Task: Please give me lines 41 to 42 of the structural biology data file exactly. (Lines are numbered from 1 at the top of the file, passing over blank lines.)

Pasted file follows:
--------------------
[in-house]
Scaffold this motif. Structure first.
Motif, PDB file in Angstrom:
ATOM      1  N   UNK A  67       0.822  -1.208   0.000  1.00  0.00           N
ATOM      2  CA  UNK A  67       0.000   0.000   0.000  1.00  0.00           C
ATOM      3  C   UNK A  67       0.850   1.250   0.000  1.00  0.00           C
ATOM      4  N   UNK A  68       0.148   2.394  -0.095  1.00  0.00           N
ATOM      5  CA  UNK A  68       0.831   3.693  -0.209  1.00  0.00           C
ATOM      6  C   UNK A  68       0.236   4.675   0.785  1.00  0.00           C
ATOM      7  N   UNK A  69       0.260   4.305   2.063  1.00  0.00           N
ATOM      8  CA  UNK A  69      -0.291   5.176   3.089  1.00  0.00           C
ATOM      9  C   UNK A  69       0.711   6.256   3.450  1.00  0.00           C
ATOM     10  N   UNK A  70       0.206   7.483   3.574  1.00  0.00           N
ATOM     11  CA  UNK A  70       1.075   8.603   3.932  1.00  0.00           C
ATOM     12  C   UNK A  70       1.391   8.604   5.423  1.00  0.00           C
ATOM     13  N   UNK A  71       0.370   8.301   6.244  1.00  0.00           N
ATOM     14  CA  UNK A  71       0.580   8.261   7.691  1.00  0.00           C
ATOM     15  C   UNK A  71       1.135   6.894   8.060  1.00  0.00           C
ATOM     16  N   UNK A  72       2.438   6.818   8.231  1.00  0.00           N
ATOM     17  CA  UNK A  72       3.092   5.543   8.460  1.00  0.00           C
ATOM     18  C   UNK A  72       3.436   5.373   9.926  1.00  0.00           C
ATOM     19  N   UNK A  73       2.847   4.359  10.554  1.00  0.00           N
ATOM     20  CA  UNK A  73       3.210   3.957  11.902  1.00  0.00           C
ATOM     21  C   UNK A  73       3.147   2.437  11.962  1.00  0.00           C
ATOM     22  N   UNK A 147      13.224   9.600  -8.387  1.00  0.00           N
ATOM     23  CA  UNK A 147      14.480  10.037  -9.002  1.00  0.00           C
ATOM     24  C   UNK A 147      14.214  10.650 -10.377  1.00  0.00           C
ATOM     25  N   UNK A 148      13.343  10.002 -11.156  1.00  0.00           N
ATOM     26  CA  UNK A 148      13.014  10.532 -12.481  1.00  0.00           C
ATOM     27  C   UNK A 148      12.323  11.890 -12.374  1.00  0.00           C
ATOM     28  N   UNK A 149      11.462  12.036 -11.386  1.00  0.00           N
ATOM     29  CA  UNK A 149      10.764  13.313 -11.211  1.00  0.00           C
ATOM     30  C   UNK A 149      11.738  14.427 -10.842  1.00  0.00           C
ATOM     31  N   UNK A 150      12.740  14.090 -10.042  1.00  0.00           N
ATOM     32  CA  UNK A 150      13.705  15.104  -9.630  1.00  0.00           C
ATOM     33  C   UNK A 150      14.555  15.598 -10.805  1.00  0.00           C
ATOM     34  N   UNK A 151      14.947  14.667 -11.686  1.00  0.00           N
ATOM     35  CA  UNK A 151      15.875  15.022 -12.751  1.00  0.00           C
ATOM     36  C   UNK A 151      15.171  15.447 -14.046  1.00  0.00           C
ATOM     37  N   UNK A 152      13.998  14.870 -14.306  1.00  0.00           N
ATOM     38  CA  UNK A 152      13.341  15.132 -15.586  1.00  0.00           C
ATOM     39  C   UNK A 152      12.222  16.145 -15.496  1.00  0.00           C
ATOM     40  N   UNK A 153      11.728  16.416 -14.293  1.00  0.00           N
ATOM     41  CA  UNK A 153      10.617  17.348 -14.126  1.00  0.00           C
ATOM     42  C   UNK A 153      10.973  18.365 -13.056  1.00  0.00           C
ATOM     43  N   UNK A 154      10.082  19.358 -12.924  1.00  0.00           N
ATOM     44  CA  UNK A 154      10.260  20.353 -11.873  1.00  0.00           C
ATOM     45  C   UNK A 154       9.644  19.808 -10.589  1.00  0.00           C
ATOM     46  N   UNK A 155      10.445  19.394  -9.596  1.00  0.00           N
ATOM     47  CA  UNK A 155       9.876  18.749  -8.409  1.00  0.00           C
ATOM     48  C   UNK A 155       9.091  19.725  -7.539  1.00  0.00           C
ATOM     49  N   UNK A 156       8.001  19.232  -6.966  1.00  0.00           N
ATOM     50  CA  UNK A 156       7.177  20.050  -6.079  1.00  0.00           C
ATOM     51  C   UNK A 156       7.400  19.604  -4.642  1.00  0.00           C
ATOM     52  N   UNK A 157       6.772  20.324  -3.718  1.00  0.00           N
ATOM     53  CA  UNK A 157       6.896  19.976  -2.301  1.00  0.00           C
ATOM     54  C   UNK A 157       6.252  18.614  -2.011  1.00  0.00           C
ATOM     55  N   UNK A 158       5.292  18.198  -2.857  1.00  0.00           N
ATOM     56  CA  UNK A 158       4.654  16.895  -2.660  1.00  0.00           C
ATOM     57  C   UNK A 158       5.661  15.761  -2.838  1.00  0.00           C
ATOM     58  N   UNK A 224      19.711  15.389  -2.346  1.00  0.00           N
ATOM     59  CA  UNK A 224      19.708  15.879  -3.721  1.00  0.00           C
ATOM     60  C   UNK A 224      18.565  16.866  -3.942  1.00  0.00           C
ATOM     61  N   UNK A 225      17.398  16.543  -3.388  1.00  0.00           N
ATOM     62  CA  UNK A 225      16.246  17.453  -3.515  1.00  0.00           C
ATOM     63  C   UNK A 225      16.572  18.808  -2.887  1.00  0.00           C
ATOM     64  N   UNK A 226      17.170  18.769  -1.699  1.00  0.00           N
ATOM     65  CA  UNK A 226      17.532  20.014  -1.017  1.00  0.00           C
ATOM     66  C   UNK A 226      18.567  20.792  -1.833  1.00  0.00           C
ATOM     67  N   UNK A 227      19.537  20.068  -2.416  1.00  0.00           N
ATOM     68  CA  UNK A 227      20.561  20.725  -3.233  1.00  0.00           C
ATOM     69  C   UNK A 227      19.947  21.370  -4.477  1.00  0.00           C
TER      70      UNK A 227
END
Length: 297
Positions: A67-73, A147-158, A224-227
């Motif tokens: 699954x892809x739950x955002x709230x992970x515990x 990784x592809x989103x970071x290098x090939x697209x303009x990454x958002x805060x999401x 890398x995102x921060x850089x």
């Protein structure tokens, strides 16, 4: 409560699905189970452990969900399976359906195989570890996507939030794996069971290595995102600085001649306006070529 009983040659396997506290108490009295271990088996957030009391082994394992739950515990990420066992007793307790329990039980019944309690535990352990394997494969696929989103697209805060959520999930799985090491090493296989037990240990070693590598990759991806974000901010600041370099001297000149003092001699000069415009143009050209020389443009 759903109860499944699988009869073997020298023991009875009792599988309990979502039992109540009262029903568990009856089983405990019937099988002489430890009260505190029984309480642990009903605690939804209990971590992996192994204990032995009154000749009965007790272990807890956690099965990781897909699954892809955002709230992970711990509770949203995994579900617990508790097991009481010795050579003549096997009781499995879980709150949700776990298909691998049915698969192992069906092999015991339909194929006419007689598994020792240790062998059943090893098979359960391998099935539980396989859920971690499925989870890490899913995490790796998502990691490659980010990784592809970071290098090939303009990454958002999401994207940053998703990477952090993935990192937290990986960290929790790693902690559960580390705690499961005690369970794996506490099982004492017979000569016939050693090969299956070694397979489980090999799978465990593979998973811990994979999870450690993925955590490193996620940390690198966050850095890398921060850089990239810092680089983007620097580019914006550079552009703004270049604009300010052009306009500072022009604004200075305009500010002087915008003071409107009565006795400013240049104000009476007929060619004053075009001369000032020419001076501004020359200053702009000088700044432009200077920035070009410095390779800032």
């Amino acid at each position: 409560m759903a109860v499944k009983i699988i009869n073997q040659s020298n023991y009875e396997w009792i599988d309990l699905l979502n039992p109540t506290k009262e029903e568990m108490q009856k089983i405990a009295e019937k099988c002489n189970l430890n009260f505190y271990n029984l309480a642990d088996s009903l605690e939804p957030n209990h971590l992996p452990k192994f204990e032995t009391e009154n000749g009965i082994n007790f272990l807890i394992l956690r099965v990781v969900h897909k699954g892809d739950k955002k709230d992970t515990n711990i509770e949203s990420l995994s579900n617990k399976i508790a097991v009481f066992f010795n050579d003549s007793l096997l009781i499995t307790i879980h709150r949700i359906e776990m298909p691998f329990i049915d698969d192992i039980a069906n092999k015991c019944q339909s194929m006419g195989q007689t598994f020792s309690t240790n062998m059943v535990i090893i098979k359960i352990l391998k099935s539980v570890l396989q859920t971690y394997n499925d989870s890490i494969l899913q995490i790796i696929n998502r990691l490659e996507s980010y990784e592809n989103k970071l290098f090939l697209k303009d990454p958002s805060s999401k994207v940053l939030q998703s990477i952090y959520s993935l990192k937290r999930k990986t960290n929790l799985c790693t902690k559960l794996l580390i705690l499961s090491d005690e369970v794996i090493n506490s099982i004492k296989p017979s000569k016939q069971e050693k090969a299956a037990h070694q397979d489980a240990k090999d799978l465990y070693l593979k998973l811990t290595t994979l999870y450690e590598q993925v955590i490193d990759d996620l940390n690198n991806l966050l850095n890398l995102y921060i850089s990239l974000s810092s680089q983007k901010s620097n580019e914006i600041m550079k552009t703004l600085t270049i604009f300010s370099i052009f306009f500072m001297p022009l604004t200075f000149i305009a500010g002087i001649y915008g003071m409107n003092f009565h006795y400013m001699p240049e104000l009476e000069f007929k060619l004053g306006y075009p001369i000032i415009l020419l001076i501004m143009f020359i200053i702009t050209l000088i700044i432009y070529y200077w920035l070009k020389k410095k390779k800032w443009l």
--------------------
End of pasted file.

ATOM     38  CA  UNK A 152      13.341  15.132 -15.586  1.00  0.00           C
ATOM     39  C   UNK A 152      12.222  16.145 -15.496  1.00  0.00           C